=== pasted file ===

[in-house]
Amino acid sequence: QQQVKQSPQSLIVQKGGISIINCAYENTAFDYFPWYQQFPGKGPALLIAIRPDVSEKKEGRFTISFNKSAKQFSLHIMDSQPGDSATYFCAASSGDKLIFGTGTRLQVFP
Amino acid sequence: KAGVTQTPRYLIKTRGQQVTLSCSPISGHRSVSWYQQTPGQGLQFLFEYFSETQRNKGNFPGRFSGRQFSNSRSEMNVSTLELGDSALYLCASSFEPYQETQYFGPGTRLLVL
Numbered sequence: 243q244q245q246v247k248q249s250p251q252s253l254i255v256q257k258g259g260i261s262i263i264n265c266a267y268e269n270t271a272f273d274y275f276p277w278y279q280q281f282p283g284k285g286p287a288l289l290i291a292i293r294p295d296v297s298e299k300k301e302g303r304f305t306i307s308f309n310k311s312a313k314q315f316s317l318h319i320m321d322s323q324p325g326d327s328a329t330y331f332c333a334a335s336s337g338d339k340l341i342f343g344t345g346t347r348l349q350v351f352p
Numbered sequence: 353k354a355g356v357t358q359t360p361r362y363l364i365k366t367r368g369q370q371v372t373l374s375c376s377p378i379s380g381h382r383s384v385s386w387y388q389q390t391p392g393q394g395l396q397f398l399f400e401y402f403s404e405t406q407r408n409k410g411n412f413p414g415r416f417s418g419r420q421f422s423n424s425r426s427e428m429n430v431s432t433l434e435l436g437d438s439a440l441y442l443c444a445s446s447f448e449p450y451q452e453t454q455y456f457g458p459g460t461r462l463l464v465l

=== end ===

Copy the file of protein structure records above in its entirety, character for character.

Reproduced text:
[in-house]
Amino acid sequence: QQQVKQSPQSLIVQKGGISIINCAYENTAFDYFPWYQQFPGKGPALLIAIRPDVSEKKEGRFTISFNKSAKQFSLHIMDSQPGDSATYFCAASSGDKLIFGTGTRLQVFP
Amino acid sequence: KAGVTQTPRYLIKTRGQQVTLSCSPISGHRSVSWYQQTPGQGLQFLFEYFSETQRNKGNFPGRFSGRQFSNSRSEMNVSTLELGDSALYLCASSFEPYQETQYFGPGTRLLVL
Numbered sequence: 243q244q245q246v247k248q249s250p251q252s253l254i255v256q257k258g259g260i261s262i263i264n265c266a267y268e269n270t271a272f273d274y275f276p277w278y279q280q281f282p283g284k285g286p287a288l289l290i291a292i293r294p295d296v297s298e299k300k301e302g303r304f305t306i307s308f309n310k311s312a313k314q315f316s317l318h319i320m321d322s323q324p325g326d327s328a329t330y331f332c333a334a335s336s337g338d339k340l341i342f343g344t345g346t347r348l349q350v351f352p
Numbered sequence: 353k354a355g356v357t358q359t360p361r362y363l364i365k366t367r368g369q370q371v372t373l374s375c376s377p378i379s380g381h382r383s384v385s386w387y388q389q390t391p392g393q394g395l396q397f398l399f400e401y402f403s404e405t406q407r408n409k410g411n412f413p414g415r416f417s418g419r420q421f422s423n424s425r426s427e428m429n430v431s432t433l434e435l436g437d438s439a440l441y442l443c444a445s446s447f448e449p450y451q452e453t454q455y456f457g458p459g460t461r462l463l464v465l